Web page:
Internet Explorer 11 is the first browser to make Internet connections more secure and reliable by reducing the use of vulnerable ciphersuites, such as RC4 and by using the latest security standards, TLS 1.2, by default. With these changes in IE11, you can have peace of mind when accessing your critical personal information on social media, banking, commerce, and other sites. These advances build on our continued work to make IE the most secure browser in key areas such as socially engineered attacks.
IE11 takes a big step toward better security by reducing the use of the vulnerable RC4 cipher suite. RC4 is a stream cipher that is widely supported—and often preferred—by TLS servers. However, recent studies such as those by AlFardan suggest exploits in the RC4 key stream that can be used to recover some encrypted data. RC4 has other weaknesses as well, as discovered by Paul, Mantin, and Fluhrer. Based on these studies, the industry consensus is that RC4 has a variety of cryptographic weaknesses, and RC4 exploits are now practical.We have proposed changes to the TLS standard, so that other browsers and industry players can follow our lead in securing the Web.
The changes in IE11 increase security while still ensuring compatibility with the Web, in spite of the current widespread use of the RC4 cipher suite. IE11 does not offer RC4-based cipher suites during the initial TLS/SSL handshake. In this way, most connections successfully use non-RC4 cipher suites. We studied 5 million Internet sites and found that over 96% of sites can negotiate ciphers other than RC4. Notably, nearly 39% of these sites support non-RC4 even though they prefer RC4 – and for these, sites, IE11 substantially increases the security of the Web.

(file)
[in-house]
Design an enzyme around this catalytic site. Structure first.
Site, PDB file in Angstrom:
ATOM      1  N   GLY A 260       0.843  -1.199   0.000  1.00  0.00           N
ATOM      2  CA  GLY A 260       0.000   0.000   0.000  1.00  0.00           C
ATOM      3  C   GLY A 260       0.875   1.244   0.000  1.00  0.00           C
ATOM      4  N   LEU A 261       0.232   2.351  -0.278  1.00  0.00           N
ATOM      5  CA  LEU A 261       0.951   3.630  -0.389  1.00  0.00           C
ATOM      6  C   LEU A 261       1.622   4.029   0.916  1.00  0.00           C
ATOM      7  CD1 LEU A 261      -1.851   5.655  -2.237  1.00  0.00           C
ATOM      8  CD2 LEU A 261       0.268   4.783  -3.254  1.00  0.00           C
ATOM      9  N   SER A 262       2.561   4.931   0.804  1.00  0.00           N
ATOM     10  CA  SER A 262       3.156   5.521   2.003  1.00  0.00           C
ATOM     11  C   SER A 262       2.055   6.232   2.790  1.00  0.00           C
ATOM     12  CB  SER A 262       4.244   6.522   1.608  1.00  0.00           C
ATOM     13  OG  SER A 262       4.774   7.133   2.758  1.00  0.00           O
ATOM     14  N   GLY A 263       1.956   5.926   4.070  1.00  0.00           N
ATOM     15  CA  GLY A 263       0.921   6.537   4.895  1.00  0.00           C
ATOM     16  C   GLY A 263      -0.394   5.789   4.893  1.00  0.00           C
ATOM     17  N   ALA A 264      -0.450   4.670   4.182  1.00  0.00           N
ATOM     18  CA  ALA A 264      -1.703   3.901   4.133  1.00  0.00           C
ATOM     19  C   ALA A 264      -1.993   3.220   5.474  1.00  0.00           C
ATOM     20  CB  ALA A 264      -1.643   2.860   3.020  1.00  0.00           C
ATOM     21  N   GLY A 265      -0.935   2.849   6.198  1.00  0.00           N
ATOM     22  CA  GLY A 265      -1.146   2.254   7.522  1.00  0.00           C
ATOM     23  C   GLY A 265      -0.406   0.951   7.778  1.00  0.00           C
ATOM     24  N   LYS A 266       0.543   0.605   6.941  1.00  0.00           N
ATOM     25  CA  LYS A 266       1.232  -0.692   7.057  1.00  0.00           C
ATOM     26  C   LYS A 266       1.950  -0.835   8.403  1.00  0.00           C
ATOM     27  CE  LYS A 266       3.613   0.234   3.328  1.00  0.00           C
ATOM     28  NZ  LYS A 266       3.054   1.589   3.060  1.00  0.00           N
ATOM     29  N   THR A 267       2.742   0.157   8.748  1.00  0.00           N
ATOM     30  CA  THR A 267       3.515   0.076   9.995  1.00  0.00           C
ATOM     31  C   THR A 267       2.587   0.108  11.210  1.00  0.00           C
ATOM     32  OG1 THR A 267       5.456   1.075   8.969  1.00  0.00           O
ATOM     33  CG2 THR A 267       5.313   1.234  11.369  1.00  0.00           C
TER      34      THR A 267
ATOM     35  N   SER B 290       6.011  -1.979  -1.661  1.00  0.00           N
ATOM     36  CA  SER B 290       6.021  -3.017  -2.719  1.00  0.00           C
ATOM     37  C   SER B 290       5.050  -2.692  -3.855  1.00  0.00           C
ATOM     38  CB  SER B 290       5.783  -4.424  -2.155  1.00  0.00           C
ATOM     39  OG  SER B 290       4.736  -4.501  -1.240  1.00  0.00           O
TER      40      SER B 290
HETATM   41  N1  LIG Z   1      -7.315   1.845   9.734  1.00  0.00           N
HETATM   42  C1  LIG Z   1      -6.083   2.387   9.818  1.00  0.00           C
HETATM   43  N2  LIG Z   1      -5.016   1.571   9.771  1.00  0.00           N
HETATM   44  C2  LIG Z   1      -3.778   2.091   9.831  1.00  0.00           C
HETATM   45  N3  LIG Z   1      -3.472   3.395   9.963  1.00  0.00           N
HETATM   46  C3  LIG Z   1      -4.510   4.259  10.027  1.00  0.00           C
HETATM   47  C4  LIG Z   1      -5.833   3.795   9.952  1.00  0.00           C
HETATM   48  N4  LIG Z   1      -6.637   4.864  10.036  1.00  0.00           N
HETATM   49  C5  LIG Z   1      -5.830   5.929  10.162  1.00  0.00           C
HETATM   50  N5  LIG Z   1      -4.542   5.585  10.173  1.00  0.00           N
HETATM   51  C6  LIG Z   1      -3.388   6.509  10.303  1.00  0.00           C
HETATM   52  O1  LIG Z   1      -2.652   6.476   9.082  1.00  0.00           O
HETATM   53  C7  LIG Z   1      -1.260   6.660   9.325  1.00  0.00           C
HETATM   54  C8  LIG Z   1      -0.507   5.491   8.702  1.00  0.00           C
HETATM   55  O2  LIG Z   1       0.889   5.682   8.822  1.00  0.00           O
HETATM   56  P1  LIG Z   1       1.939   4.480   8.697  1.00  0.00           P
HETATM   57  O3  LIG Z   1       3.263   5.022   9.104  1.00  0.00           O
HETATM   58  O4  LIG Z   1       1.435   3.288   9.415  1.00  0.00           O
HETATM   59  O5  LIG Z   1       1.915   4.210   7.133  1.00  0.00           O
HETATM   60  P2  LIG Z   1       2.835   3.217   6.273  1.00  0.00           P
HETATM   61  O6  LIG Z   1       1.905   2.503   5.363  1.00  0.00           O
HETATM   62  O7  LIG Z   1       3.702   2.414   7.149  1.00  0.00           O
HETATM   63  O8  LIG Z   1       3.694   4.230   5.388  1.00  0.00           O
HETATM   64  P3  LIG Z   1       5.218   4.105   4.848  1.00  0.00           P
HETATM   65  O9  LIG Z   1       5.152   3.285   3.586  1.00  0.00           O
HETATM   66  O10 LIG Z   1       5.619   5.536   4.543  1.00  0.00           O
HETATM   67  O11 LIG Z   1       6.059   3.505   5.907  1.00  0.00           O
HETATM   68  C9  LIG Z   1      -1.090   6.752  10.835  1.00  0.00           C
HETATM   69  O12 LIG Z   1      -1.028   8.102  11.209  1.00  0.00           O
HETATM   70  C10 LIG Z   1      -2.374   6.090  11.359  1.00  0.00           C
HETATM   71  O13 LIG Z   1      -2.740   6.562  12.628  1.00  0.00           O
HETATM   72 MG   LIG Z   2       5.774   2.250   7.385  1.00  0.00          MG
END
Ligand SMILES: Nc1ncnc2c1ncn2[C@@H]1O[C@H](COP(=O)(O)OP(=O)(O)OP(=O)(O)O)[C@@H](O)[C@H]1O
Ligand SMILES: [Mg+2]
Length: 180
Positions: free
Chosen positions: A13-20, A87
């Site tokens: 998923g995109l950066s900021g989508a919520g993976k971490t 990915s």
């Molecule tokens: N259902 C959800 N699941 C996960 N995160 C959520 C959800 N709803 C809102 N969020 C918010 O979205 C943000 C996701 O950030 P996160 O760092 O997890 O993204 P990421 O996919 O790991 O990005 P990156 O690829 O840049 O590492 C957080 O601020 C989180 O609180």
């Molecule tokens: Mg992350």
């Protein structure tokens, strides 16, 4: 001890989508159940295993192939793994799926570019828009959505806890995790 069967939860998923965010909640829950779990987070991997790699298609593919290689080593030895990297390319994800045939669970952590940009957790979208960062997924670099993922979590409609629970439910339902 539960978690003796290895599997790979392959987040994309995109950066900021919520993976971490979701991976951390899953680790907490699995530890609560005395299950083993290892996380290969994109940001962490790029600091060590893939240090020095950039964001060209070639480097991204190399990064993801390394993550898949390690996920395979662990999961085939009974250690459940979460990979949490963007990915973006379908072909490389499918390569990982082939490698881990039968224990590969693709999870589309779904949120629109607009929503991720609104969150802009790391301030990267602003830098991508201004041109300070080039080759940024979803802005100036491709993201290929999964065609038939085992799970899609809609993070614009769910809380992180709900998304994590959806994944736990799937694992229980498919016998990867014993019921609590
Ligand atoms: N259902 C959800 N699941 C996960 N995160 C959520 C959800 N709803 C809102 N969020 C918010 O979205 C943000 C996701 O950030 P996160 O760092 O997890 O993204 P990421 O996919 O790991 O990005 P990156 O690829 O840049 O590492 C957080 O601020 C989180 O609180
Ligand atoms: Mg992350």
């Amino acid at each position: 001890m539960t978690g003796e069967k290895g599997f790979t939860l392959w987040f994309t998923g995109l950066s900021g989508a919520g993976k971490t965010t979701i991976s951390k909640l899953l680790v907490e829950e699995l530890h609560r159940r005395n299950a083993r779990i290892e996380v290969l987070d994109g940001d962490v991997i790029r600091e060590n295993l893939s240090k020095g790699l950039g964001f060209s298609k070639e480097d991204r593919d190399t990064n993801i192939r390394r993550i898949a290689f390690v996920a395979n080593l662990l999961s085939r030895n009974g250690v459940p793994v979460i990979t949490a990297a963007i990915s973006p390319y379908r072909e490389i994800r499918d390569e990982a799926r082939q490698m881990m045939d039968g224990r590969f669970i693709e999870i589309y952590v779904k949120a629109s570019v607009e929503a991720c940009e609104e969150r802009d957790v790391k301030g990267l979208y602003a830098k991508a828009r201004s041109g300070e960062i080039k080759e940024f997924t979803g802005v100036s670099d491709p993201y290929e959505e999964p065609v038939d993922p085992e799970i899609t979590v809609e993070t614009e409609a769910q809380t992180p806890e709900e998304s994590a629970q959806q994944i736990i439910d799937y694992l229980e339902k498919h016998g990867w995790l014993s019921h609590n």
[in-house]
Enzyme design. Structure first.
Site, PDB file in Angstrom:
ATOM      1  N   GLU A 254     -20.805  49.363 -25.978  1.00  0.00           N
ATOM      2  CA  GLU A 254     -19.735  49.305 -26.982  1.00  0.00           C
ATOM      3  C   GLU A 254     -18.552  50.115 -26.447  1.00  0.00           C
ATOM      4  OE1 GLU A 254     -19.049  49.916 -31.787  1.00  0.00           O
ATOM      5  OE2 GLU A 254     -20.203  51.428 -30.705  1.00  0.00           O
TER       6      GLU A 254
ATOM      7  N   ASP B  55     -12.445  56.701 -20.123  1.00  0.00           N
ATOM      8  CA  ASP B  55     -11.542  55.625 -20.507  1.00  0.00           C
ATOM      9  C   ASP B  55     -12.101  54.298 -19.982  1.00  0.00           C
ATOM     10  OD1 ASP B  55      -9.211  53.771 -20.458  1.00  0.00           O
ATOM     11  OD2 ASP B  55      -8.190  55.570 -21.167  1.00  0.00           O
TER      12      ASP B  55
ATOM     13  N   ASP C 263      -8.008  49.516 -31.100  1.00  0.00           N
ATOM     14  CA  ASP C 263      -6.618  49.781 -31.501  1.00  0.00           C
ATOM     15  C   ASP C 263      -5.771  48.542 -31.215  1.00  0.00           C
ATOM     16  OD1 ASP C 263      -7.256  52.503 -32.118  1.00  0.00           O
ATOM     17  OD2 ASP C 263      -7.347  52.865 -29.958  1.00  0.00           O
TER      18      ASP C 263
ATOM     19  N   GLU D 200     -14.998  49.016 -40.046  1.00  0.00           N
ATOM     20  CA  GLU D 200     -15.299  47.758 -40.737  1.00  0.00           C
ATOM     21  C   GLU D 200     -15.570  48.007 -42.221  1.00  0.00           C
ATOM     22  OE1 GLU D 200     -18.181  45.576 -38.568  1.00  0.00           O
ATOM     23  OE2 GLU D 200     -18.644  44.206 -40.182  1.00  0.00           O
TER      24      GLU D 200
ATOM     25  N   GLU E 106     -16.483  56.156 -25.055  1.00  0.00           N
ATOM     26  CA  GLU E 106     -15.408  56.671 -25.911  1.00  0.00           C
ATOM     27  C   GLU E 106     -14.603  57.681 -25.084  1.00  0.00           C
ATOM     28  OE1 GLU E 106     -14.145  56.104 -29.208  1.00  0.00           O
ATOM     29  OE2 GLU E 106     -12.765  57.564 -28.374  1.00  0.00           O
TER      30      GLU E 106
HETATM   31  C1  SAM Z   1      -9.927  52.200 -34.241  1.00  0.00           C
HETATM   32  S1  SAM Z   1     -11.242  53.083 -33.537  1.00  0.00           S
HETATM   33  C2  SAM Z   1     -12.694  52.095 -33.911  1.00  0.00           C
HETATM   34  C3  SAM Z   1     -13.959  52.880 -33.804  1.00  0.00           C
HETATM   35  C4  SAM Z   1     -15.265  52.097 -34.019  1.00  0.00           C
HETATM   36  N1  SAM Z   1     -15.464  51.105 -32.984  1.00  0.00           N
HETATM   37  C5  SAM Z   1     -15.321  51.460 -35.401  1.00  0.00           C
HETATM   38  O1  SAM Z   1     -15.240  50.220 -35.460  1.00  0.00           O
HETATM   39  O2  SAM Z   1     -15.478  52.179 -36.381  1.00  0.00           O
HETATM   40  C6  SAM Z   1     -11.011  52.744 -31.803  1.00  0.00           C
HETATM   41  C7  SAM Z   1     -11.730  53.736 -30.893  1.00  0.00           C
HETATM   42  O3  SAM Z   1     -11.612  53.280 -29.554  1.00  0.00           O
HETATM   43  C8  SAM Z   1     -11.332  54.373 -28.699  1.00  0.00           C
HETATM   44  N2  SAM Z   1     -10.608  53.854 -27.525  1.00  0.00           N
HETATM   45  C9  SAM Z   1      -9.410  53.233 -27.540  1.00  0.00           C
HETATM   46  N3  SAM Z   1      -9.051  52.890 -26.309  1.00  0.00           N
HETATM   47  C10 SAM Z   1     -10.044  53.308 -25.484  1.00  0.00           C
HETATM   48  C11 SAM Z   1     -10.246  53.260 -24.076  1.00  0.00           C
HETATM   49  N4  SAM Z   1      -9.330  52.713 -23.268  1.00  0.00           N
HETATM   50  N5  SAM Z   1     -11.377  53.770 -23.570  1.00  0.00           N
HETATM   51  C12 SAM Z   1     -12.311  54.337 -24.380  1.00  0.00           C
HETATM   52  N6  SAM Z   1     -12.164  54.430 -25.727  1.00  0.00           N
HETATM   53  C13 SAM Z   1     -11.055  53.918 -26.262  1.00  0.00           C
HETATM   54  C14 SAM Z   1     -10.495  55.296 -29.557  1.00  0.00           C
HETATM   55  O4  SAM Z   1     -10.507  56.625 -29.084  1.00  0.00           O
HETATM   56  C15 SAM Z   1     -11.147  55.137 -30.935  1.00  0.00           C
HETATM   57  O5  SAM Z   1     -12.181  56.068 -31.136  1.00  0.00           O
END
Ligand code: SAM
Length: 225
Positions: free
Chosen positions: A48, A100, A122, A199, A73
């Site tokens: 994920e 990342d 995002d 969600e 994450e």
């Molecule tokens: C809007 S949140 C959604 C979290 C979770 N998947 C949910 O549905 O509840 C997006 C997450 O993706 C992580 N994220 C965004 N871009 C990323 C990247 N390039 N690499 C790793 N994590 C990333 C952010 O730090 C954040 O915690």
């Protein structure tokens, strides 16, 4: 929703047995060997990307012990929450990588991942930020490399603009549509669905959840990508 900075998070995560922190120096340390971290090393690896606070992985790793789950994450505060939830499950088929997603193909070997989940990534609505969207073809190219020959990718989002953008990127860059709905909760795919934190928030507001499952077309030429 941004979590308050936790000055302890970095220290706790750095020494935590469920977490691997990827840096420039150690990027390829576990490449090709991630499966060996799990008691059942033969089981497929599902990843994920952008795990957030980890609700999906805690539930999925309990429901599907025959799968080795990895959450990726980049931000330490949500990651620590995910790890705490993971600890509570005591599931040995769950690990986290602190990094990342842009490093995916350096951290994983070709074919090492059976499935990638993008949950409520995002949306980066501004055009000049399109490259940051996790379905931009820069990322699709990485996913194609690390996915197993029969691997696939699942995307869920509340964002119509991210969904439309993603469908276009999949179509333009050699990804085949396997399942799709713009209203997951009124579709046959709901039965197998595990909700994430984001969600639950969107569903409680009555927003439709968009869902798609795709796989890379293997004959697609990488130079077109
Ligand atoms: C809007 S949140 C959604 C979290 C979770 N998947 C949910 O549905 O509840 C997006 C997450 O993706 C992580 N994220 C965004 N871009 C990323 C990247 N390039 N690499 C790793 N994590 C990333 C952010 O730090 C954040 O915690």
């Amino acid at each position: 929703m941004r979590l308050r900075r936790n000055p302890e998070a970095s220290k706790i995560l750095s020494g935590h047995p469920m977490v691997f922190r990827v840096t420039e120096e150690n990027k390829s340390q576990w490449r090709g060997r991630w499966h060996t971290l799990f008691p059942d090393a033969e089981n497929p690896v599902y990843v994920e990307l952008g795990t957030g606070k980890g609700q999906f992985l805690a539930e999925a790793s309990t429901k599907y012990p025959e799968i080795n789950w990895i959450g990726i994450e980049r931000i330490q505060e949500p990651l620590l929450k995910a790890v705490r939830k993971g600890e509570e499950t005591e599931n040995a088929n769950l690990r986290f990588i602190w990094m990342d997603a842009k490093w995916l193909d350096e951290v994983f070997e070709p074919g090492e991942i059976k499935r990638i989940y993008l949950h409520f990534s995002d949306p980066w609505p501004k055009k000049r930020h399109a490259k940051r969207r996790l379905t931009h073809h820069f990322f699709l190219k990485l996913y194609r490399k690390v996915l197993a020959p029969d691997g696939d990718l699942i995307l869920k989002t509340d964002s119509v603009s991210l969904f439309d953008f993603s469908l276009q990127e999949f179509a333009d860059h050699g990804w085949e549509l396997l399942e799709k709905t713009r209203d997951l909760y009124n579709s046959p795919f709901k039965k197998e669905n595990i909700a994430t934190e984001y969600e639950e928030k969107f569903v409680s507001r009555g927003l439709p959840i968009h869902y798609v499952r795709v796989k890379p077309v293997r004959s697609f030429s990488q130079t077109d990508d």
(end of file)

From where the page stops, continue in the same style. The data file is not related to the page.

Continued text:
For the rare cases where the browser cannot negotiate a non-RC4 cipher suite with the server, IE11 falls back to negotiating TLS 1.0 or SSL 3.0 with RC4 to ensure that you can still reach the sites you need. Microsoft is actively working with many of these sites to enable support for non-RC4 cipher suites.
IE11 further increases Web security by enabling TLS version 1.2 by default, building on IE’s leadership as the first browser to implement TLS 1.2 as an optional setting in IE8. You can access sites such as Outlook.com, Facebook, etc. using industry-leading security standards thereby keeping your personal information safe. TLS 1.2 increases security by supporting more advanced cryptographic suites. Most of the practical exploits that target TLS 1.0 and TLS 1.1 ciphers do not work on TLS 1.2 ciphers. For example, TLS 1.2 is not subject to the BEAST attack.
In IE11, you can take the advantage of added security in TLS 1.2 while getting the same performance provided with RC4 ciphers. TLS 1.2 provides new cipher suites that provide strong security and high performance. For example, the AES-GCM cipher suite is supported only on TLS 1.2 and performs just as well as RC4 ciphers. By enabling TLS 1.2 with AES-GCM, sites can provide strong security without introducing additional server load.
Tuning on TLS 1.2 out of the box in IE11 automatically increases the security level with nearly 16% of Web servers and this number should increase as additional servers and browsers begin to support and prefer TLS 1.2. Windows Server has supported TLS 1.2 since Windows Server 2008 R2 and we encourage servers to enable TLS 1.2 in IIS, which is a simple configuration change. Servers such as Apache also support TLS 1.2, and as the industry moves forward, other Web servers will support TLS 1.2 in the future as well. The change does not affect compatibility with existing servers, which down-negotiate TLS to the highest mutually-supported version. By default, IE11 supports TLS 1.2, TLS 1.1, TLS 1.0 and SSL 3.0.
IE11 makes 39% of Web sites more secure by discouraging the use of vulnerable RC4 based cipher suites and increases security on 16% of Web sites by negotiating TLS 1.2, the most secure version of TLS.
Try out IE11 to experience more secure browsing that uses the latest industry standards. We look forward to hearing your feedback via Connect, to help us move the industry forward and continue to enhance the browser.
Hasnat Naveed and Ritika Kapadia
Program Managers in Windows and Internet Explorer